Then there's Dinu Patriciu, who bought a state-owned oil refinery valued at 615 million Euros for only 50 million Euros - then sold it a few years later for two billion. By its very nature, capitalism in a transitional period is "immoral" he says.
Intermingled with the interviews, are whimsical but effective animated sequences that use clay, LEGO and Playmobil to visually highlight key points and clearly demonstrate labyrinthine transactions. In addition to its personal interviews with the oligarchs, Kapitalism also depicts them at a distance, on television screens overlooking Bucharest, for instance. Here, they are remote, unapproachable - as most Romanians would experience them.
Ultimately, what Kapitalism suggests is that not much has changed over the last 20 years. The film imagines Ceausescu returning from the dead to tour the country now, and finding much to like. "You have maintained the three pillars of the Communist Party," this imaginary Ceausescu tells a group of assembled magnates. "Prejudice. Corruption. Relationships."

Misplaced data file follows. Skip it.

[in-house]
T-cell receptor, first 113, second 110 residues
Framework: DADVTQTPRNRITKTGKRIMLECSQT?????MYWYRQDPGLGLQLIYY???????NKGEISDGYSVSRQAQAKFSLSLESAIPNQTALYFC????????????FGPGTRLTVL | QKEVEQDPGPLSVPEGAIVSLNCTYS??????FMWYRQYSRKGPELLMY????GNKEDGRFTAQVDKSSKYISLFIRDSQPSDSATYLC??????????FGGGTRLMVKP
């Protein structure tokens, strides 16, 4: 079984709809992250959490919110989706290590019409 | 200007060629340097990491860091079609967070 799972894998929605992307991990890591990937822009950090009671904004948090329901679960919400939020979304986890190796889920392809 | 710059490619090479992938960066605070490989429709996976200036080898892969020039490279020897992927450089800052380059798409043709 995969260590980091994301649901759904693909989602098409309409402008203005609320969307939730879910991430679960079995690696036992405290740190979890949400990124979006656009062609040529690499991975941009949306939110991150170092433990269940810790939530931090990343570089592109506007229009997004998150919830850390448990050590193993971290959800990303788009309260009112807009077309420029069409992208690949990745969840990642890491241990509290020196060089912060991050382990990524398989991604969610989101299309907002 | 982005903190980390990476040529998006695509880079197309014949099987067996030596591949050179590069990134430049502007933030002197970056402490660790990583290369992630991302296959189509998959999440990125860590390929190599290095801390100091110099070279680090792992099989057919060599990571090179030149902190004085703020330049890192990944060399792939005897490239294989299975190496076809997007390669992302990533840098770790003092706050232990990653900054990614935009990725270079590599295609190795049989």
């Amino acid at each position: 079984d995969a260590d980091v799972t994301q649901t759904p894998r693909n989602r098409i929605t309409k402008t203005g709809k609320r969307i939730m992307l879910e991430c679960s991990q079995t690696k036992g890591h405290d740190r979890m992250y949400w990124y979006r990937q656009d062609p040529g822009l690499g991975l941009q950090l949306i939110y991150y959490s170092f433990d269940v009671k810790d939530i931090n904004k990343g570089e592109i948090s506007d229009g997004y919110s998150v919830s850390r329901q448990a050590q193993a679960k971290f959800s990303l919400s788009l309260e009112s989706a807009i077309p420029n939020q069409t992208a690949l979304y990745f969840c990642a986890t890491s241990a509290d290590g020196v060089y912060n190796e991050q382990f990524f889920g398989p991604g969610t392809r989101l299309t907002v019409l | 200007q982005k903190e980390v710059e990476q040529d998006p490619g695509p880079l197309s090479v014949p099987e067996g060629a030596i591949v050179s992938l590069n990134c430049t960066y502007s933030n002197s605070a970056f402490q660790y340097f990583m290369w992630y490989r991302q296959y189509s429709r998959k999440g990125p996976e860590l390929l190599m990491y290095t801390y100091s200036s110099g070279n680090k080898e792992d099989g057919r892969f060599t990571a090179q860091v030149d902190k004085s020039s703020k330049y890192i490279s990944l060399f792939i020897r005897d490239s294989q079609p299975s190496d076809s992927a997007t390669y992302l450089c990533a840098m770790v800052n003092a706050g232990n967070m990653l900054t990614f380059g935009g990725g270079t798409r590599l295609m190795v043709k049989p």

DVD (Color) / 2010 / 55 minutes
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By Sarah Vos
Ever since microfinance entrepreneur Muhammad Yunus won the 2006 Nobel Peace Prize, microfinance projects have played a growing role in international development.
For executives like Reliance Financial CEO Baboucarr Khan and COO Ismaila Faal, the field offers opportunities to raise people out of poverty - and to make money.
Banking the Unbanked is a verite documentary that follows Khan, Faal and other members of the Gambia-based Reliance team as they try to build the bank into a viable West African financial institution. Their target clients: those who make under five dollars a day. Taxi drivers. Small shopkeepers. Seamstresses. Fishermen.